Prime Minister Ahmet Davutoğlu on Monday said that humanity is being tested in Syria, as tens of thousands of refugees are affected by the ongoing crisis, and said that joint efforts are necessary to deal with the issue.
Speaking in a joint press conference with German Chancellor Angela Merkel, Davutoğlu said that it is unreasonable for the world to expect Turkey to shoulder the refugee burden on its own, while he thanked Merkel for her efforts regarding the matter. He noted that at least 30,000 refugees fleeing the Russian-backed airstrikes on Aleppo are waiting at the Turkish border.
Davutoğlu said that the two countries have agreed on a set of steps to stem the flow of refugees from Syria, including a joint diplomatic initiative to stop the onslaught against Aleppo.
Meanwhile, Chancellor Merkel expressed that she is 'appalled and horrified' by the suffering caused by Russian airstrikes in Syria and noted that Turkey, and Germany are on the same page regarding humanitarian assistance for refugees.
"The aggression has to cease as quickly as possible," she said, and added that Russia's action contradict a United Nations resolution, which seeks to prevent attacks on civilians.
He also said that Germany and Turkey would carry out 'joint efforts' for greater NATO involvement in the crisis, by seeking the use of NATO's observation capabilities at the border with Syria and in the Aegean Sea.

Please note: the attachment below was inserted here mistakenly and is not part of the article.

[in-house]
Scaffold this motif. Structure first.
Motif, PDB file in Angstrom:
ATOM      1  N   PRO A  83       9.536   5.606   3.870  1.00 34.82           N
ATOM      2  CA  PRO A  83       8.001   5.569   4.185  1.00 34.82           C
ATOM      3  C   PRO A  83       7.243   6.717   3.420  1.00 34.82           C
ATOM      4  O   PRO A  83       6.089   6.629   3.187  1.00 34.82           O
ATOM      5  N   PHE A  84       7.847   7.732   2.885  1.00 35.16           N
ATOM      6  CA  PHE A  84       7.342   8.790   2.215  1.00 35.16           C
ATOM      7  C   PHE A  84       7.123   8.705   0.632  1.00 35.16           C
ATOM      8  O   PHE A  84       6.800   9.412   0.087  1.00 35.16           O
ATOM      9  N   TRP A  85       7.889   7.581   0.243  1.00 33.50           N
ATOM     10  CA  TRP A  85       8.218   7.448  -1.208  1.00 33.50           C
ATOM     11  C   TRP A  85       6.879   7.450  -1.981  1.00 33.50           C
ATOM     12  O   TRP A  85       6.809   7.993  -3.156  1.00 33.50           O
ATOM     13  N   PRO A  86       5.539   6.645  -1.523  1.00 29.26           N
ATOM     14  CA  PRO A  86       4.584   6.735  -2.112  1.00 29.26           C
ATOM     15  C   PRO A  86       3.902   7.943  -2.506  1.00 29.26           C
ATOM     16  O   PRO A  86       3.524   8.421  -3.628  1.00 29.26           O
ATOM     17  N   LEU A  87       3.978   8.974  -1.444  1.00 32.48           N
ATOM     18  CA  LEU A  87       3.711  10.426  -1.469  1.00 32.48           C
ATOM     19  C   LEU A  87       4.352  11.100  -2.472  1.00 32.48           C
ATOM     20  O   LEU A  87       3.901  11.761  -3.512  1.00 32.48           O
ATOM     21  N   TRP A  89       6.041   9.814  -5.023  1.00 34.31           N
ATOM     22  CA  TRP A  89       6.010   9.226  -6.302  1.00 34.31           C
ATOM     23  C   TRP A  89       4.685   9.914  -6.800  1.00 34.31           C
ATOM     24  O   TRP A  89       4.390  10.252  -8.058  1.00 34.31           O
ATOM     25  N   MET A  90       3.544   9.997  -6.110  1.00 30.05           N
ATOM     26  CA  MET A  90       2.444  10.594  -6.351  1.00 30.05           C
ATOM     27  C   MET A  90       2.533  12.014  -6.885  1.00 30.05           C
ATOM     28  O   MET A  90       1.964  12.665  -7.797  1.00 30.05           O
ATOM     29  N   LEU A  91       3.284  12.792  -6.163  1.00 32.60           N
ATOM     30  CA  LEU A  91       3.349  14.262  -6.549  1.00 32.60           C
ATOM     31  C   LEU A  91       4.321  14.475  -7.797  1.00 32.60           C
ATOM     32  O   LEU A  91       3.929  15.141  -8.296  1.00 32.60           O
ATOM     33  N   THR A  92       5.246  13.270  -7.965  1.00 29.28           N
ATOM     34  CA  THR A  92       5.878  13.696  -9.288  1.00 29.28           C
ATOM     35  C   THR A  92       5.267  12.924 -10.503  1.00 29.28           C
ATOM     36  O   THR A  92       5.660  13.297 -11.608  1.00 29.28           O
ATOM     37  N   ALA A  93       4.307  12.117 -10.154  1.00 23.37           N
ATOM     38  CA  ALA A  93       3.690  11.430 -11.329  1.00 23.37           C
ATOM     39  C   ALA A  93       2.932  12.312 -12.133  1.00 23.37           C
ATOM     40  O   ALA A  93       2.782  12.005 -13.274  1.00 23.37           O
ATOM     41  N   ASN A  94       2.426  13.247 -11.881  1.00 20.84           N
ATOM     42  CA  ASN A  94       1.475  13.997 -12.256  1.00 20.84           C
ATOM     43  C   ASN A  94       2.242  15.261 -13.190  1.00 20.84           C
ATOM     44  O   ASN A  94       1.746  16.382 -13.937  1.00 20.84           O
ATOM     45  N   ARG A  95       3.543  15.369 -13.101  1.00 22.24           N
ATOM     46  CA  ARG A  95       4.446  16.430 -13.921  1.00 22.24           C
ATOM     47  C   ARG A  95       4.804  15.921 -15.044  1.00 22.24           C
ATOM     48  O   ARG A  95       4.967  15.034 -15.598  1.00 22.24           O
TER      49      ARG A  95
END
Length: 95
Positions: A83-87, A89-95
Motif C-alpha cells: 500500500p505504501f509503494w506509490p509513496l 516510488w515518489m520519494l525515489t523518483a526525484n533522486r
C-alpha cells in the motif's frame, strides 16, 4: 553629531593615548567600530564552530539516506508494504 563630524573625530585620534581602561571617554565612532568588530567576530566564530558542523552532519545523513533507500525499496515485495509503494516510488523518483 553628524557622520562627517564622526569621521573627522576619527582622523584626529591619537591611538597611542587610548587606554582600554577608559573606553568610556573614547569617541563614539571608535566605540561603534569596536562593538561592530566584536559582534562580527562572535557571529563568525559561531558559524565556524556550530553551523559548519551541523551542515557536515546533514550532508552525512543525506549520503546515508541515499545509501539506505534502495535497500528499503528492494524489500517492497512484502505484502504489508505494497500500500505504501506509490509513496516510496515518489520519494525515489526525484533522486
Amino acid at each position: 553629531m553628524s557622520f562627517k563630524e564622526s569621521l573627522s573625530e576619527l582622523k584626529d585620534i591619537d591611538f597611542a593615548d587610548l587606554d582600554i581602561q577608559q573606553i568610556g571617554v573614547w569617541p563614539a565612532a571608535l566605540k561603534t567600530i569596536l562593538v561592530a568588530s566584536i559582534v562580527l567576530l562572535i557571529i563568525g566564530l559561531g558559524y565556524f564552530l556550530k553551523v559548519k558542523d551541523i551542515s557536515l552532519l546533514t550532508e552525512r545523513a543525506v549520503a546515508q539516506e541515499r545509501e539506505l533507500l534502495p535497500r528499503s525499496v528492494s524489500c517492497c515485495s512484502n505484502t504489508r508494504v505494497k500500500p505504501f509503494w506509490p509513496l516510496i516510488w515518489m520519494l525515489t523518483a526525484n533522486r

The prime minister underscored the necessity of fighting human traffickers and said Turkey and Germany will increase joint efforts regarding the fight against human trafficking.
"We have always considered all types of human trafficking as a crime against humanity, as being equal to terrorism" Davutoğlu said, and added that it exploits people's expectations and hopes. He referred to the two boats carrying refugees, which had sunk on Monday as they were attempting to reach Greece, killing over 30 people.
Davutoğlu said that Turkey will inform Brussels next week on which projects would take funds from the three billion Euro refugee package.
In a previous meeting, Merkel and Davutoğlu agreed on lifting visa requirements for Turkish nationals visiting the Schengen area by October in return for Turkey's help in stemming the flow of refugees to Europe.
Turkey is doing its best to stem illegal migration to Europe, but will keep to its "open-door" policy for refugees fleeing the civil war in Syria, Davutoğlu said at a news conference last month in Berlin. His words followed a joint cabinet meeting between the governments of Germany and Turkey.
Germany and Turkey have emerged as crucial players in the biggest migration crisis to rock Europe since World War II.
On Thursday, world leaders pledged to give over $10 billion in aid to help fund schools, shelter and jobs for refugees from Syria.
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